Keeping NaNoWriMo Alive (even if you quit)

exit-1444055-mI’m a loser.

Yep! There is officially no way for me to make my 50,000 words for National Novel Writing Month unless I start pulling double shifts between now and the end of the month – and by double, I mean writing for eight hours during the day, stopping for a microwave dinner, and continuing on until midnight. As much as I want the title of “winner”, I also want a life. 🙂 I had too many mom/author/friend commitments that I had to fulfill, and with NaNo, if you miss too many days, you ain’t makin’ it up. Sure, I could start cranking out thousands of words of marginal prose to make the deadline. But I would rather not do that much editing on the backend. Whatever I finish needs to be close to ‘publication ready.’

That doesn’t mean I’ve given up on NaNo. Au contraire! I’ve just given up on the word count requirement of NaNo. I “won” NaNo in 2009 and basically, you end up with a piece of paper. No prizes, no fanfare. The REAL prize is your finished product: a completed manuscript, if you can call a haphazardly plotted story with windy passages of exposition and meaningless dialogue (“good morning, how are you today, it sure is nice weather”) completed. 🙂

I came to this conclusion yesterday after a particularly “NaNo” kind of day. I work from home, so I basically sat for hours on end with my fingers on my laptop (okay, I took a few breaks – I don’t want leg problems). My poor dogs sat at the window and looked out into the backyard, wanting to play. But I didn’t have time to go out with them, so they stayed inside (I have a digger – she has to be supervised!). I phoned in homework help to my child, paying only half attention to her questions. At dinner, I rushed around the kitchen, shouting at my husband while I was throwing things in the microwave (because I was late to critique). Then I sat down to eat before leaving – I had about 10 minutes to do so – and spilled an entire glass of iced tea on my food because I was rushing yet again. Lots of running around and yelling. I don’t admit these things lightly. I feel like I dropped the ball yesterday, family-wise, and I apologized over and over at the end of the evening. But you can’t unring a bell.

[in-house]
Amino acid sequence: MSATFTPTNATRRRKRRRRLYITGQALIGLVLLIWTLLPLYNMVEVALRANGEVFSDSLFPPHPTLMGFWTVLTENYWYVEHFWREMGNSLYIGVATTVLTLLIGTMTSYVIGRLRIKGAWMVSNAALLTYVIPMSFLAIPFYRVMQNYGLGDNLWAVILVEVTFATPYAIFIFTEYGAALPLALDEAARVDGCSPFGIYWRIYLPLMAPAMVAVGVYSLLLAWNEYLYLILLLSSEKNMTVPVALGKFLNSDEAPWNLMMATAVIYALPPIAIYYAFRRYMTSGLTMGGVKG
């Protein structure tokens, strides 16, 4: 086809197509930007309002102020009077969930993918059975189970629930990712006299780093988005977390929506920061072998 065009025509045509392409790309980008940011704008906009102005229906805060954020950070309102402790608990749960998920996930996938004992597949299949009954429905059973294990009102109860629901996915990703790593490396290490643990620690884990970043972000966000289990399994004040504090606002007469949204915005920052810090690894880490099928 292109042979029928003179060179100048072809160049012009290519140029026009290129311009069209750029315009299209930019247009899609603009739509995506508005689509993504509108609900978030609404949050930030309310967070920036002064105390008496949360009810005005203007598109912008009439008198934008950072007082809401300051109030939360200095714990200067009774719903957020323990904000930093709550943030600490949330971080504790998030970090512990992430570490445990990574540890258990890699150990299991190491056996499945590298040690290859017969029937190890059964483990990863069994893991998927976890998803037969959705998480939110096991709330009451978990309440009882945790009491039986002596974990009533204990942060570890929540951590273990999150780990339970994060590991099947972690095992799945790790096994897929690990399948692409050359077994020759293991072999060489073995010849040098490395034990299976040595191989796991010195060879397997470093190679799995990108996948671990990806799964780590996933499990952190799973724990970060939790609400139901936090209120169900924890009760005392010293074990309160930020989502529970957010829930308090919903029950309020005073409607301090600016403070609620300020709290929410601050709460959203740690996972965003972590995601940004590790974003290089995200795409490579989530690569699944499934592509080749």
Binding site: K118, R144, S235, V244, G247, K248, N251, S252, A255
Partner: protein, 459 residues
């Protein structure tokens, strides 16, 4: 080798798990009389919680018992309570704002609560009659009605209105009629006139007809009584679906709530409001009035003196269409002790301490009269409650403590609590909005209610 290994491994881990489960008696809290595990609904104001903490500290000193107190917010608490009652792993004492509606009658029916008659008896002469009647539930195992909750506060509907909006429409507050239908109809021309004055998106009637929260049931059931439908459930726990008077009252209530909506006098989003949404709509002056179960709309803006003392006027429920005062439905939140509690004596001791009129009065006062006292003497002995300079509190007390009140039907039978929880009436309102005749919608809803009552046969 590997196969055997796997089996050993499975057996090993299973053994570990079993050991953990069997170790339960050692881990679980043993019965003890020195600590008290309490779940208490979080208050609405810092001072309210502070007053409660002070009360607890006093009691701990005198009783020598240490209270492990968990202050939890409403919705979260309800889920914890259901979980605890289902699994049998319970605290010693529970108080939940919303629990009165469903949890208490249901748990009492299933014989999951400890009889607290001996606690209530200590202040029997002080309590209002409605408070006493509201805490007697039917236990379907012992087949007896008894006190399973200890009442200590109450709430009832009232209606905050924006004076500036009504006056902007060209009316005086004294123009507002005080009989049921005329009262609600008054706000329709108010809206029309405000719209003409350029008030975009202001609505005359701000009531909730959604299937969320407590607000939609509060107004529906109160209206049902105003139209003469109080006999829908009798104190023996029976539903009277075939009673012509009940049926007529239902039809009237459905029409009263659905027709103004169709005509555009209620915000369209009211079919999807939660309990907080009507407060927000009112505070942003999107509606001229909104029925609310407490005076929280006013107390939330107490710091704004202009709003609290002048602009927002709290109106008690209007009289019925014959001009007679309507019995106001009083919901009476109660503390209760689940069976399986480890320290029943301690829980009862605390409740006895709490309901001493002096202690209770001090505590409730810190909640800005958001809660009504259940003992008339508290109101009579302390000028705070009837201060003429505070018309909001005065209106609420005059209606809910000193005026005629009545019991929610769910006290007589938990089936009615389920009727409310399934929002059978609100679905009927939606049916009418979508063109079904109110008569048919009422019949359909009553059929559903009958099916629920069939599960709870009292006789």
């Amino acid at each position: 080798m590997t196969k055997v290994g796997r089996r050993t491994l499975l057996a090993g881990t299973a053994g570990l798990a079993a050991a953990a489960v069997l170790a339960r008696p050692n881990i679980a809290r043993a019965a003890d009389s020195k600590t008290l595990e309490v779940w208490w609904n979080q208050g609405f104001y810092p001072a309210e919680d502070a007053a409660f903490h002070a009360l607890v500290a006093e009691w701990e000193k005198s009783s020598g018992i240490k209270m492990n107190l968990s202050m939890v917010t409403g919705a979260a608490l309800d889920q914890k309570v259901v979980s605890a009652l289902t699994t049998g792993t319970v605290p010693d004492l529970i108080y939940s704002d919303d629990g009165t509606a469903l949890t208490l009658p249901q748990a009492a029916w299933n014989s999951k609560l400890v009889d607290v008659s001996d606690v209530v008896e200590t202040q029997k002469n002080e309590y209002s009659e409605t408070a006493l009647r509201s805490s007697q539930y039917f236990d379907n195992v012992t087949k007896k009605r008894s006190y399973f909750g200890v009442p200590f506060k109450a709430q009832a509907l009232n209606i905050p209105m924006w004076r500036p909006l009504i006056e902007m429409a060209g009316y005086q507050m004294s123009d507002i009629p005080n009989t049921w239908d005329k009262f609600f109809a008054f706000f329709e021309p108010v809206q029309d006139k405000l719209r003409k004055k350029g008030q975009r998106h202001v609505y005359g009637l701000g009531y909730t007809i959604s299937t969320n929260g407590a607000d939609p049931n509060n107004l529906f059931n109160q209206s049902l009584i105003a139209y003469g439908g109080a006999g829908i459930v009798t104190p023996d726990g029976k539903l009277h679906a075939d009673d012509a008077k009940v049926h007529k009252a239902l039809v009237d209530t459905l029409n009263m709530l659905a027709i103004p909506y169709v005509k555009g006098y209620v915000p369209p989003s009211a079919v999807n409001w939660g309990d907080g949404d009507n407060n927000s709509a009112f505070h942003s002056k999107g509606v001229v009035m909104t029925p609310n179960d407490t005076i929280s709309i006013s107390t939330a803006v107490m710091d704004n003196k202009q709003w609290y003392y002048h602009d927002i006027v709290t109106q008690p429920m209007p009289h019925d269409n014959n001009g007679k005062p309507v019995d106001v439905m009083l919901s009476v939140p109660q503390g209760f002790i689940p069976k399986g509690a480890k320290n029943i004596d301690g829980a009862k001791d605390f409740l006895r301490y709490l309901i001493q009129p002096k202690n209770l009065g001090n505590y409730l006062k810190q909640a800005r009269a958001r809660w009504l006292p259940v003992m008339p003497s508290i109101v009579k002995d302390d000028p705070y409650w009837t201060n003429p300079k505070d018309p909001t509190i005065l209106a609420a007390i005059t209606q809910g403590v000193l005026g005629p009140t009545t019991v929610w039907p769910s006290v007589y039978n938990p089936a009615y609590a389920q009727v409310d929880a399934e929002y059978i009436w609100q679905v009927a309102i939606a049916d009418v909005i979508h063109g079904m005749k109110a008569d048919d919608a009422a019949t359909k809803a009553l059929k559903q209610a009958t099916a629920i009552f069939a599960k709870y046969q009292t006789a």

And then I stepped back and realized that something that was supposed to be personally fulfilling (i.e., the act of writing and creating), had taken a VERY stressful turn. It’s not hard to get there in this business of publishing, especially when you hear other indie authors bragging about selling a 100 books a day and buying cars with their take-home cash (and then griping because they can’t quit their day jobs or they haven’t hit some list or whatever). It also doesn’t help that I’m perpetually stuck in 5th gear, even at 5 miles an hour. Type A personality is a blessing; Type A personality is a curse. Oy.

Anyway, bottom line is this: as long as I end November with a finished book – my WIP, The Black Cats – I will have won. Even if that means I “only” typed 25,000 words. Because at the end of the month, I will have both my sanity and a completed project. This reminds me of the Prince song where he sings: “Party like it’s 1999.” Well, I’m going to “write like it’s NaNo.” During the day, I will keep typing with ridiculous NaNo warp speed. At night, I will downshift to plain old mom. And really, what’s wrong with that?

If you’re struggling to make word count and are thinking of ditching the whole program, go ahead. GO RIGHT AHEAD. But don’t leave the work or the passion behind. Get thy butt to the computer chair and write with the wind at your back and the fire of completion in your heart.

Now what are you waiting for? Finish your book! (but with your nerves intact)


How about you, dear readers? Quitting NaNoWriMo? Making good on your word count and want to brag about it here? I’m listening!


2 thoughts on “Keeping NaNoWriMo Alive (even if you quit)

  1. NaNo is about unleashing the creative person inside. If we focus on the end number, e.g. 50k words, then we’ve lost the point. It’s about creating. I love NaNo because I realized I can write a book. But, most importantly, I CAN FINISH WRITING A BOOK! That’s the genius of NaNoWriMo. Beginning and ending a manuscript. WHEN you finish The Black Cats, then you’ll have won by being a NaNo Rebel. (-=

    I look forward to reading The Black Cats. Now back to my writing/editing. The siren call of NaNo is beckoning and it sounds awfully like my phone saying NaNoWordSprints are running.

    • Great points. It’s really about finishing, not starting. But isn’t that the gist of life, too? To finish what we started? I’m ready for the end of my book. It’s three chapters away and I can taste it!!!

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